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Evaluation of an Embedded Specialist Domestic Violence Worker: A Partnership Between Queensland Police Service and Domestic Violence Action Centre

posted on 2023-05-25, 05:30 authored by Jess RodgersJess Rodgers, Carrington, K, Vanessa RyanVanessa Ryan, Carr, R

Responding to domestic and family violence (DFV) requires multi-agency integrated response and police acknowledge it is not something they can address alone (Mundy and Seuffert 2021; Reuland et al. 2006), yet it is task taking a considerable portion of police time. National and international evidence shows integrating specialist DFV workers into police stations to support victims and provide connection to services while working alongside police can improve the quality of police response, and potentially save lives.

The purpose of this collaborative project between Domestic Violence Action Centre (DVAC), Queensland Police Service (QPS) and Centre for Justice, Queensland University of Technology (QUT) was to conduct an evaluation of an innovative pilot to improve the policing of DFV, through the co-location of a Domestic Violence Specialist (DVS) worker at Queensland Police station, Toowoomba. This report will assess how this co-location model between DVAC and the QPS host station meets DVAC co-location objectives, and recommendations 76 and 78 from the Not Now, Not Ever report (Special Taskforce on Domestic and Family Violence in Queensland 2015: 226, 233). The Women's Safety and Justice Taskforce (2021: 585) recommendations also noted the importance of evaluating new responses to DFV, such as these.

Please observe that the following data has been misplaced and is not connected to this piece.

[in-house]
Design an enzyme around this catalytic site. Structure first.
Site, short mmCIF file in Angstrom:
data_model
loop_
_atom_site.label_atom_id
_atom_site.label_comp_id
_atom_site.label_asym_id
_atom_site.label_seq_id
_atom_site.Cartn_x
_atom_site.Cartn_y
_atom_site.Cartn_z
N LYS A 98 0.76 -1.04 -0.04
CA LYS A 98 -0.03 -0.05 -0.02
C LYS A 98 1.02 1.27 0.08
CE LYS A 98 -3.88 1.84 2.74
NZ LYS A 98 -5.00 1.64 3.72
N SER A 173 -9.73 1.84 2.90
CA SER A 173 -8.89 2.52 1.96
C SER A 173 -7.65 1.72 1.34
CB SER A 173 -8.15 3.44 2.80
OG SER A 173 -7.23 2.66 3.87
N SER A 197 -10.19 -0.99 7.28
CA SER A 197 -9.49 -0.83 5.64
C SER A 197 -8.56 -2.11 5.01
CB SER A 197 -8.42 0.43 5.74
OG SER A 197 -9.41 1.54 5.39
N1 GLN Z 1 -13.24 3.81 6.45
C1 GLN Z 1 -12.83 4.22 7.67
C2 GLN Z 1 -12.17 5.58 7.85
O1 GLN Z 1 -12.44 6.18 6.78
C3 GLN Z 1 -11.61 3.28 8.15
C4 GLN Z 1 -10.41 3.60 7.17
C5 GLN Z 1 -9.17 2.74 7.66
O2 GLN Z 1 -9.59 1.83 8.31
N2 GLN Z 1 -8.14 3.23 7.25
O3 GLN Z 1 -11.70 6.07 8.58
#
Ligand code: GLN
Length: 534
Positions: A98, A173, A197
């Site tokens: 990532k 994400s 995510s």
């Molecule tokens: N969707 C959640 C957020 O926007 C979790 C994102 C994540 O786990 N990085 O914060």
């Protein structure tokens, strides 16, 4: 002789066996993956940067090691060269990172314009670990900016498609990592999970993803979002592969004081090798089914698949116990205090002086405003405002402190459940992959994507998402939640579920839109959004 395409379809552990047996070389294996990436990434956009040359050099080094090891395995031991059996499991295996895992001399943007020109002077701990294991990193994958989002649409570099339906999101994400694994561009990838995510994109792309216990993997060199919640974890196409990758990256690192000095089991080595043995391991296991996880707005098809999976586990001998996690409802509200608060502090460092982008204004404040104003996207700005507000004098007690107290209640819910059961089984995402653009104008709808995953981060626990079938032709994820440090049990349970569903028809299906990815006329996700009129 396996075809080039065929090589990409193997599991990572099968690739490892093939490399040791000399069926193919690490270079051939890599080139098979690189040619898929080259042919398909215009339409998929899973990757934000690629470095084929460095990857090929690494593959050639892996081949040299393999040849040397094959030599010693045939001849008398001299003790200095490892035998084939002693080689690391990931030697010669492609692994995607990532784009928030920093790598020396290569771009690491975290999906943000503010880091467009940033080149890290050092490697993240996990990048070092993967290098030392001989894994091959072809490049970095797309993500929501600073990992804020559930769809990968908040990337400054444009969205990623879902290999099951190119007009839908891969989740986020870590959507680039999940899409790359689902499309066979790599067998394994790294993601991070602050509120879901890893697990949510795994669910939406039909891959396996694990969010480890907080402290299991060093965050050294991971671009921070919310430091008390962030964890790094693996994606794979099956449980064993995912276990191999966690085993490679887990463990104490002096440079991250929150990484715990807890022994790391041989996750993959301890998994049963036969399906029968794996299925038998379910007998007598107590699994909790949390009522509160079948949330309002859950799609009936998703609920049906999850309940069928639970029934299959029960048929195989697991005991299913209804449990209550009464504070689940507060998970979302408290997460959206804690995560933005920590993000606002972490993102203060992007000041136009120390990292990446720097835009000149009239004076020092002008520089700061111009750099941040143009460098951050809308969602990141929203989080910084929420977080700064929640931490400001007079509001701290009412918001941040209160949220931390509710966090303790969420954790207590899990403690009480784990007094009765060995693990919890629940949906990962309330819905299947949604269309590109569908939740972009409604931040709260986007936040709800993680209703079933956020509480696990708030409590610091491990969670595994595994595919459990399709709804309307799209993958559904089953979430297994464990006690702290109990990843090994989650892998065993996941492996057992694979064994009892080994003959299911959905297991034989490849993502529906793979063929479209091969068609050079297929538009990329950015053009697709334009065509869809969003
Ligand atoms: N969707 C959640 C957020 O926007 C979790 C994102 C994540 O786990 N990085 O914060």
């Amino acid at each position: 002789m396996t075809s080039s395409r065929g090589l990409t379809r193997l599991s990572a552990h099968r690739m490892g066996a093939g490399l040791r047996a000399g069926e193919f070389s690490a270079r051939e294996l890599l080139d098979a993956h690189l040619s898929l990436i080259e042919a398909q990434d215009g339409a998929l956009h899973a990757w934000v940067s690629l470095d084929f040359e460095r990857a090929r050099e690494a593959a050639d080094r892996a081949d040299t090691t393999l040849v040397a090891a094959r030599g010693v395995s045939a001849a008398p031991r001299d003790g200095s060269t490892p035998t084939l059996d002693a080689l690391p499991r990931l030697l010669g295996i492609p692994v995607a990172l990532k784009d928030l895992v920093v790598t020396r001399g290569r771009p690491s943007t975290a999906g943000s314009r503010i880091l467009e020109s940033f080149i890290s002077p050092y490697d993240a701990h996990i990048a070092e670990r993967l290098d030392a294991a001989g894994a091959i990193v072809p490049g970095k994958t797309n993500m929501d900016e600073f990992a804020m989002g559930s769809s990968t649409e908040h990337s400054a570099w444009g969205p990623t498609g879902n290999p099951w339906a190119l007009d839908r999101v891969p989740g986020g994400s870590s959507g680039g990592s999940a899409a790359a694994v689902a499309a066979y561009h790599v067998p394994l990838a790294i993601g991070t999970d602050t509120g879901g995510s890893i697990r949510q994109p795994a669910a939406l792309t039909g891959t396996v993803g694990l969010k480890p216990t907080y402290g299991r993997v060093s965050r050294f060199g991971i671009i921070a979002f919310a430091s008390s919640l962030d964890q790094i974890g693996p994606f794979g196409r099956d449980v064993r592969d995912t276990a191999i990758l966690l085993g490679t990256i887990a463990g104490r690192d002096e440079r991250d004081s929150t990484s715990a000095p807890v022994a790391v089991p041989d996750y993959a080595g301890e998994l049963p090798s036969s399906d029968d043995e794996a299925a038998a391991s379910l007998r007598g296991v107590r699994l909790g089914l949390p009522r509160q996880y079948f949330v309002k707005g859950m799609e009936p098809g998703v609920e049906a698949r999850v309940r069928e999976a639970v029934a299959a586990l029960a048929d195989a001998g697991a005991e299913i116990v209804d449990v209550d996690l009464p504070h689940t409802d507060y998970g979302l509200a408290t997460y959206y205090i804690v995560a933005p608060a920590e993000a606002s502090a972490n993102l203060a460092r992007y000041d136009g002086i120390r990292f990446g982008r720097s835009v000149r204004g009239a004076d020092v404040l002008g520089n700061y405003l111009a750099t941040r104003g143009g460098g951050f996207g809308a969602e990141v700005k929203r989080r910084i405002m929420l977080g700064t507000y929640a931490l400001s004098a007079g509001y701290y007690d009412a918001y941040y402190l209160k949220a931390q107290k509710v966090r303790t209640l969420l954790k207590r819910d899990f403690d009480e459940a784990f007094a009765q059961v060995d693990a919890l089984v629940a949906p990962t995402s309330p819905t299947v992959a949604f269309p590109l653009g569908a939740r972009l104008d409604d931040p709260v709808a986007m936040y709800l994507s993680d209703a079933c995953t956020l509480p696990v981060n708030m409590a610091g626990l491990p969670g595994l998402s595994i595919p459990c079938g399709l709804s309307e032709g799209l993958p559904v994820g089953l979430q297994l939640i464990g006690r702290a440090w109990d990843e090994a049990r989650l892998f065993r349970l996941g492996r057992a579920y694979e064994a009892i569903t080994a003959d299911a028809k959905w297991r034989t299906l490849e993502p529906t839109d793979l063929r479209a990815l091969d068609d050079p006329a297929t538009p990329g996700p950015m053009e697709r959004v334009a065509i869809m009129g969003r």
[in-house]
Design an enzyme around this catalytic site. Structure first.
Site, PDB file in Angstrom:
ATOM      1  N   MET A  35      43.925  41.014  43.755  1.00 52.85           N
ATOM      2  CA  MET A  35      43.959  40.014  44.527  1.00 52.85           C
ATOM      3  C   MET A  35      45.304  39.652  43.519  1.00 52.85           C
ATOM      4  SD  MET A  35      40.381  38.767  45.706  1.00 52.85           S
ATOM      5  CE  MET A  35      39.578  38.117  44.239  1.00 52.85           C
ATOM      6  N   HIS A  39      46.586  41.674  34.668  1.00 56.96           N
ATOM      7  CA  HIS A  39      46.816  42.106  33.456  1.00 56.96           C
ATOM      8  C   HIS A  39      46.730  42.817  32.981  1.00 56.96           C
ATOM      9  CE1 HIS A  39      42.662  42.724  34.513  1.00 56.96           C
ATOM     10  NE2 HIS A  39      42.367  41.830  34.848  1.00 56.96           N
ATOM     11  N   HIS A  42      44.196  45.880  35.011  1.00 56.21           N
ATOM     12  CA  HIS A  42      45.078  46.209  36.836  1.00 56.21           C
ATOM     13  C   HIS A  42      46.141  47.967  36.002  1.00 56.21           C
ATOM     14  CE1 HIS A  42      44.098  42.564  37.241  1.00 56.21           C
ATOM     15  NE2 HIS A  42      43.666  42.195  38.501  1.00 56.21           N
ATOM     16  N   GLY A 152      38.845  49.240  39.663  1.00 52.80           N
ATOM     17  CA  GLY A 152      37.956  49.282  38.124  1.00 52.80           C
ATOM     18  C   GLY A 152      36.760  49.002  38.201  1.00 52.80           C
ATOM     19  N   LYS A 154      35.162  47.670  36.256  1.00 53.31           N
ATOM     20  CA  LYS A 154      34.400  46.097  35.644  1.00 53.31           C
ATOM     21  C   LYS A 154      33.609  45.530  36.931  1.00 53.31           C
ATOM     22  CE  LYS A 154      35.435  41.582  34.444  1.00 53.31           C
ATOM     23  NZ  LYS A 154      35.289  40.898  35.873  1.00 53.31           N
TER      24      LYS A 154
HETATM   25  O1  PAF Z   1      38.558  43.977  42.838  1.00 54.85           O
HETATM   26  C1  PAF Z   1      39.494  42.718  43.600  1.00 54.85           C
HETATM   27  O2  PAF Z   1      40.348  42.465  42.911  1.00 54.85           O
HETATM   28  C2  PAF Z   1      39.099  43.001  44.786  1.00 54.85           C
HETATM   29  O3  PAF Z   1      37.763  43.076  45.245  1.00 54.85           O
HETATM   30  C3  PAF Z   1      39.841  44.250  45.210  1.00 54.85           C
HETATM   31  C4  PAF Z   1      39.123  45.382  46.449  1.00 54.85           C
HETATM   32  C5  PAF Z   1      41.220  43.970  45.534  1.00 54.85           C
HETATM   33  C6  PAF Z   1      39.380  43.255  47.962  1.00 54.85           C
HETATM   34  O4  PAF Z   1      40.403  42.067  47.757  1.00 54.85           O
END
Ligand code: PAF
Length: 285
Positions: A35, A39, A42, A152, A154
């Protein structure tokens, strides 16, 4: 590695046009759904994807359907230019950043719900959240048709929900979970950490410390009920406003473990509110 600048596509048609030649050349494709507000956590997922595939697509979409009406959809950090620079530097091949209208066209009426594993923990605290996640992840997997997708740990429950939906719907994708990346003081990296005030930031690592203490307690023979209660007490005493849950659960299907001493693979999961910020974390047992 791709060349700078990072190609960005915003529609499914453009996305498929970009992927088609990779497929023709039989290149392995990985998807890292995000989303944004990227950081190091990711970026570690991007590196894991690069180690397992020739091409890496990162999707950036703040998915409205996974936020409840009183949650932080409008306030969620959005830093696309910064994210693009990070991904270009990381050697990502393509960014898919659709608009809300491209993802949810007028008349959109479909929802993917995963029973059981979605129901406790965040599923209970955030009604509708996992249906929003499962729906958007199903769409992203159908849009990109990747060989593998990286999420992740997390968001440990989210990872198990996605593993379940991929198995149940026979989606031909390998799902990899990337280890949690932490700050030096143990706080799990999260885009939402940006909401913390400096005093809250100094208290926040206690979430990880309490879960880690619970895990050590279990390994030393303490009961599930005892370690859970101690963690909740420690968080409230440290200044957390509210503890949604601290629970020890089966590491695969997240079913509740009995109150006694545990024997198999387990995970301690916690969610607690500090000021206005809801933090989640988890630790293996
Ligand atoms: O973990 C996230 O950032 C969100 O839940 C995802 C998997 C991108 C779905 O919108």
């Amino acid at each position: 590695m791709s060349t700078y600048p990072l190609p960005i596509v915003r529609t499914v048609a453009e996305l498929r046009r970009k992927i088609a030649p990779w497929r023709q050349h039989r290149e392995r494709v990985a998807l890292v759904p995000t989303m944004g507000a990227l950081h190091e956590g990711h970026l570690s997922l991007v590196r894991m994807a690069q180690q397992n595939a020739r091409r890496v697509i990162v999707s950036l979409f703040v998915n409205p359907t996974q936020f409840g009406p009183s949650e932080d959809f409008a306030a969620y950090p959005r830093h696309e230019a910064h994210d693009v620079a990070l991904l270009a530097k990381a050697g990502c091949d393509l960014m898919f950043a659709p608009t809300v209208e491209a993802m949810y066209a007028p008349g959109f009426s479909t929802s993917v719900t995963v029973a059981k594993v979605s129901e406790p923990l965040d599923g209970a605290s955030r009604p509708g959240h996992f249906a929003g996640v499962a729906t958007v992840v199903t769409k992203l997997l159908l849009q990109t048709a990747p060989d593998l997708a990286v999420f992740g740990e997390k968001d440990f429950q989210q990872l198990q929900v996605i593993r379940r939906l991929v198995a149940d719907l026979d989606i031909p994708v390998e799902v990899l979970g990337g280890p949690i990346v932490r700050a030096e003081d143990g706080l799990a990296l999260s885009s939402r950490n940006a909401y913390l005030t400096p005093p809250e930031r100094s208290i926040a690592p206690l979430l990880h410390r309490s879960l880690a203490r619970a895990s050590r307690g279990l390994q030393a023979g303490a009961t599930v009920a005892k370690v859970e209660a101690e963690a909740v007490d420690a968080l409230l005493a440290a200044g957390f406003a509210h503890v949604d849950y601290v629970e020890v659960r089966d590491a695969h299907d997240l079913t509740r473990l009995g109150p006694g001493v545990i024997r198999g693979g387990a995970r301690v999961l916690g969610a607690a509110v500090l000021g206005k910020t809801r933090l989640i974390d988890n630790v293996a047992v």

Overview of co-location position at Toowoomba Police Station

The DVAC QPS co-location project was initially a short-term pilot beginning 18 January 2021 with a planned end date of 30 September 2021, now extended until the end of June 2022. From January to September 2021, the DVS worker was located at the station two days a week, now four days a week. The worker supports clients seeking police assistance with DFV matters, providing them with information about processes and options, support referral and connection, safety planning and upgrades, and emotional support including when making police statements. She also supports with police with DFV clients across the above listed aspects. Police had a choice whether to approach the worker for assistance with a DFV case; engagement was not a management directive.

The co-location at the station has been fully funded by DVAC, specifically from non-ongoing COVID-19 Enhancement Funds from the then Department of Child Safety Youth and Women, now Department of Justice and Attorney General (DJAG). These COVID-19 Enhancement Funds were from the Federal government, but distributed through the State government.

The role also involves participation in a pre-existing High Risk Panel that meets monthly and has participants from police and corrections. Prior to the placement of the embedded worker, the panel had another DVAC worker as DVAC's representative. Services nominate individuals (the persons using violence) who meet high risk eligibility criteria and information is shared between the three services under DFV Information Sharing Guidelines (Department of Communities, Child Safety and Disability Services 2017). The Panel then conducts safety planning for the partner or ex-partner. This Panel is different to DJAG-funded High Risk Teams throughout Queensland.


Commissioning body

Queensland University of Technology Centre for Justice




School of Social Sciences


Queensland University of Technology Centre for Justice

Place of publication

Brisbane, Queensland

Repository Status

  • Restricted

Socio-economic Objectives

Violence and abuse services; Law enforcement; Law reform